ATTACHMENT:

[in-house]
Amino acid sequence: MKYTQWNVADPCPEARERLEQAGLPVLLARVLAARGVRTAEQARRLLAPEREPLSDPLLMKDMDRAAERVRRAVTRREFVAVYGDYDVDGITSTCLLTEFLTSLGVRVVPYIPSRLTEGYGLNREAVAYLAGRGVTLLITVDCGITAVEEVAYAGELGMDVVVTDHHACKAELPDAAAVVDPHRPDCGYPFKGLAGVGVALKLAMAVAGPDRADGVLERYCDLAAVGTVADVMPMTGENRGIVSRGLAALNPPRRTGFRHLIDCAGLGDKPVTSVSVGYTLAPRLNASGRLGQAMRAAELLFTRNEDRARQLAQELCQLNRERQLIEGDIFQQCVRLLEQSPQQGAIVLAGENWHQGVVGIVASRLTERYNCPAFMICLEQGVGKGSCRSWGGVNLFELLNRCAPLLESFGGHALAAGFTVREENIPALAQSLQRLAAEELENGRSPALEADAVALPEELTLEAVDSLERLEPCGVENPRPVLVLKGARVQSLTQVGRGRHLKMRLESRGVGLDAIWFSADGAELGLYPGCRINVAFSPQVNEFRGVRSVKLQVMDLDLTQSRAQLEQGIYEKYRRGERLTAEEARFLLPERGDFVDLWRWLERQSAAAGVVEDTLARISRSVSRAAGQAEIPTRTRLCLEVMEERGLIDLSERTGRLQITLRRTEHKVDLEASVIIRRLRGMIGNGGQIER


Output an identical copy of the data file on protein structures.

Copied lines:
[in-house]
Amino acid sequence: MKYTQWNVADPCPEARERLEQAGLPVLLARVLAARGVRTAEQARRLLAPEREPLSDPLLMKDMDRAAERVRRAVTRREFVAVYGDYDVDGITSTCLLTEFLTSLGVRVVPYIPSRLTEGYGLNREAVAYLAGRGVTLLITVDCGITAVEEVAYAGELGMDVVVTDHHACKAELPDAAAVVDPHRPDCGYPFKGLAGVGVALKLAMAVAGPDRADGVLERYCDLAAVGTVADVMPMTGENRGIVSRGLAALNPPRRTGFRHLIDCAGLGDKPVTSVSVGYTLAPRLNASGRLGQAMRAAELLFTRNEDRARQLAQELCQLNRERQLIEGDIFQQCVRLLEQSPQQGAIVLAGENWHQGVVGIVASRLTERYNCPAFMICLEQGVGKGSCRSWGGVNLFELLNRCAPLLESFGGHALAAGFTVREENIPALAQSLQRLAAEELENGRSPALEADAVALPEELTLEAVDSLERLEPCGVENPRPVLVLKGARVQSLTQVGRGRHLKMRLESRGVGLDAIWFSADGAELGLYPGCRINVAFSPQVNEFRGVRSVKLQVMDLDLTQSRAQLEQGIYEKYRRGERLTAEEARFLLPERGDFVDLWRWLERQSAAAGVVEDTLARISRSVSRAAGQAEIPTRTRLCLEVMEERGLIDLSERTGRLQITLRRTEHKVDLEASVIIRRLRGMIGNGGQIER